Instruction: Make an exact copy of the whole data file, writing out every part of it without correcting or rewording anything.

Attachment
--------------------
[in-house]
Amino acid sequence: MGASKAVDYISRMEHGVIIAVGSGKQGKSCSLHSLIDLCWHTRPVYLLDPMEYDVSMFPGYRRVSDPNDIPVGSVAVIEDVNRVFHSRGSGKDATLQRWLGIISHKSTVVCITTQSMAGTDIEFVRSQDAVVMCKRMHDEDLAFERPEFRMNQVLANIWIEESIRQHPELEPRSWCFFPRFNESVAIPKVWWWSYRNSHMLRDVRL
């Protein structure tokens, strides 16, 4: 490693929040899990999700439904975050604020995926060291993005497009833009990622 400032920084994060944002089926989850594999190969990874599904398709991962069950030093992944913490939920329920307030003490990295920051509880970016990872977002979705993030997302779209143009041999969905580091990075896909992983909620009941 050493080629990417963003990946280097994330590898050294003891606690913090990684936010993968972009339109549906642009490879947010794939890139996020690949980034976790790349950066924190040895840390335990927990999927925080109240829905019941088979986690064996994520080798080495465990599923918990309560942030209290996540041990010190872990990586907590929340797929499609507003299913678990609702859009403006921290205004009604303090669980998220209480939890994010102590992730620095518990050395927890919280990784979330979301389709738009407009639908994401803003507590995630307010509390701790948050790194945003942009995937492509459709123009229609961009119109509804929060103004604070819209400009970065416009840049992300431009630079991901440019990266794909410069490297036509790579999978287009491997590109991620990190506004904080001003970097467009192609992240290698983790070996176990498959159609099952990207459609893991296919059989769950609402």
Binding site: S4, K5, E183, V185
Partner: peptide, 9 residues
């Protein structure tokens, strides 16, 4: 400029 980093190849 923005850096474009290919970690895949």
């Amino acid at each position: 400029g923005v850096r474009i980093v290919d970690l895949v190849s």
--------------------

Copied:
[in-house]
Amino acid sequence: MGASKAVDYISRMEHGVIIAVGSGKQGKSCSLHSLIDLCWHTRPVYLLDPMEYDVSMFPGYRRVSDPNDIPVGSVAVIEDVNRVFHSRGSGKDATLQRWLGIISHKSTVVCITTQSMAGTDIEFVRSQDAVVMCKRMHDEDLAFERPEFRMNQVLANIWIEESIRQHPELEPRSWCFFPRFNESVAIPKVWWWSYRNSHMLRDVRL
């Protein structure tokens, strides 16, 4: 490693929040899990999700439904975050604020995926060291993005497009833009990622 400032920084994060944002089926989850594999190969990874599904398709991962069950030093992944913490939920329920307030003490990295920051509880970016990872977002979705993030997302779209143009041999969905580091990075896909992983909620009941 050493080629990417963003990946280097994330590898050294003891606690913090990684936010993968972009339109549906642009490879947010794939890139996020690949980034976790790349950066924190040895840390335990927990999927925080109240829905019941088979986690064996994520080798080495465990599923918990309560942030209290996540041990010190872990990586907590929340797929499609507003299913678990609702859009403006921290205004009604303090669980998220209480939890994010102590992730620095518990050395927890919280990784979330979301389709738009407009639908994401803003507590995630307010509390701790948050790194945003942009995937492509459709123009229609961009119109509804929060103004604070819209400009970065416009840049992300431009630079991901440019990266794909410069490297036509790579999978287009491997590109991620990190506004904080001003970097467009192609992240290698983790070996176990498959159609099952990207459609893991296919059989769950609402």
Binding site: S4, K5, E183, V185
Partner: peptide, 9 residues
């Protein structure tokens, strides 16, 4: 400029 980093190849 923005850096474009290919970690895949």
């Amino acid at each position: 400029g923005v850096r474009i980093v290919d970690l895949v190849s």